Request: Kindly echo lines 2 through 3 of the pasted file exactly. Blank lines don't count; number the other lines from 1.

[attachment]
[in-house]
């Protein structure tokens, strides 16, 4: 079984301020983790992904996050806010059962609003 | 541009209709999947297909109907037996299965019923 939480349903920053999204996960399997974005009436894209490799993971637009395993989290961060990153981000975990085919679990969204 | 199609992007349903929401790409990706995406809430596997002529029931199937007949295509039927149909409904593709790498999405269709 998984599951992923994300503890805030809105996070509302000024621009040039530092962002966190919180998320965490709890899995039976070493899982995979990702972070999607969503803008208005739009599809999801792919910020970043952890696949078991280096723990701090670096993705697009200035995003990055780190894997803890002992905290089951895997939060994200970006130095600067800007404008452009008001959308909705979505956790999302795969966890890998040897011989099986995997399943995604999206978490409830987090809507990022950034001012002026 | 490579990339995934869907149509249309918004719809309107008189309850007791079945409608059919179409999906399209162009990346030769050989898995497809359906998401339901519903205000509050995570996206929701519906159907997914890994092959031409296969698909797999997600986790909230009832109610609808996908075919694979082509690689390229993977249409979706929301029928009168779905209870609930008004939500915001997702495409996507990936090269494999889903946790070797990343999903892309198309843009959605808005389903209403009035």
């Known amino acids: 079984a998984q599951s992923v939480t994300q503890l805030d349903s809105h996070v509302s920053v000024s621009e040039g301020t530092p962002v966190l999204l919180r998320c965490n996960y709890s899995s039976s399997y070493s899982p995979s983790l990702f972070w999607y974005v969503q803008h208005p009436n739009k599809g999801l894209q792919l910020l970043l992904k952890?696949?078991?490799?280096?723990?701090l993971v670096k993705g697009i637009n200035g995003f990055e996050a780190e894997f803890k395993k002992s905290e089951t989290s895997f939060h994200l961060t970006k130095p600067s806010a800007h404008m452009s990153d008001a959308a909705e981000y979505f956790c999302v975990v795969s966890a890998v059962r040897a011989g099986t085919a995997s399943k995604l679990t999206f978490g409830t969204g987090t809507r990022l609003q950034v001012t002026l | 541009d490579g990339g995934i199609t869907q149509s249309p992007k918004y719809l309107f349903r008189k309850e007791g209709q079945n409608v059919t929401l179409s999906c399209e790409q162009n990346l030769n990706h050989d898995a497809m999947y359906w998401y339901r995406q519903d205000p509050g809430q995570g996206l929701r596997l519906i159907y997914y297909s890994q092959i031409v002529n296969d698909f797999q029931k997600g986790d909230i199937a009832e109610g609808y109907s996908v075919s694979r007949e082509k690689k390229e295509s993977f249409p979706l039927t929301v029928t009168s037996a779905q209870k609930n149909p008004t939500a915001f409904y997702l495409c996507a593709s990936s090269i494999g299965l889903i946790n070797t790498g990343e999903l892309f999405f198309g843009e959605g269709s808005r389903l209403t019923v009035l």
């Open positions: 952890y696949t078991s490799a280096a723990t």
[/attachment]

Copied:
């Protein structure tokens, strides 16, 4: 079984301020983790992904996050806010059962609003 | 541009209709999947297909109907037996299965019923 939480349903920053999204996960399997974005009436894209490799993971637009395993989290961060990153981000975990085919679990969204 | 199609992007349903929401790409990706995406809430596997002529029931199937007949295509039927149909409904593709790498999405269709 998984599951992923994300503890805030809105996070509302000024621009040039530092962002966190919180998320965490709890899995039976070493899982995979990702972070999607969503803008208005739009599809999801792919910020970043952890696949078991280096723990701090670096993705697009200035995003990055780190894997803890002992905290089951895997939060994200970006130095600067800007404008452009008001959308909705979505956790999302795969966890890998040897011989099986995997399943995604999206978490409830987090809507990022950034001012002026 | 490579990339995934869907149509249309918004719809309107008189309850007791079945409608059919179409999906399209162009990346030769050989898995497809359906998401339901519903205000509050995570996206929701519906159907997914890994092959031409296969698909797999997600986790909230009832109610609808996908075919694979082509690689390229993977249409979706929301029928009168779905209870609930008004939500915001997702495409996507990936090269494999889903946790070797990343999903892309198309843009959605808005389903209403009035």
């Known amino acids: 079984a998984q599951s992923v939480t994300q503890l805030d349903s809105h996070v509302s920053v000024s621009e040039g301020t530092p962002v966190l999204l919180r998320c965490n996960y709890s899995s039976s399997y070493s899982p995979s983790l990702f972070w999607y974005v969503q803008h208005p009436n739009k599809g999801l894209q792919l910020l970043l992904k952890?696949?078991?490799?280096?723990?701090l993971v670096k993705g697009i637009n200035g995003f990055e996050a780190e894997f803890k395993k002992s905290e089951t989290s895997f939060h994200l961060t970006k130095p600067s806010a800007h404008m452009s990153d008001a959308a909705e981000y979505f956790c999302v975990v795969s966890a890998v059962r040897a011989g099986t085919a995997s399943k995604l679990t999206f978490g409830t969204g987090t809507r990022l609003q950034v001012t002026l | 541009d490579g990339g995934i199609t869907q149509s249309p992007k918004y719809l309107f349903r008189k309850e007791g209709q079945n409608v059919t929401l179409s999906c399209e790409q162009n990346l030769n990706h050989d898995a497809m999947y359906w998401y339901r995406q519903d205000p509050g809430q995570g996206l929701r596997l519906i159907y997914y297909s890994q092959i031409v002529n296969d698909f797999q029931k997600g986790d909230i199937a009832e109610g609808y109907s996908v075919s694979r007949e082509k690689k390229e295509s993977f249409p979706l039927t929301v029928t009168s037996a779905q209870k609930n149909p008004t939500a915001f409904y997702l495409c996507a593709s990936s090269i494999g299965l889903i946790n070797t790498g990343e999903l892309f999405f198309g843009e959605g269709s808005r389903l209403t019923v009035l």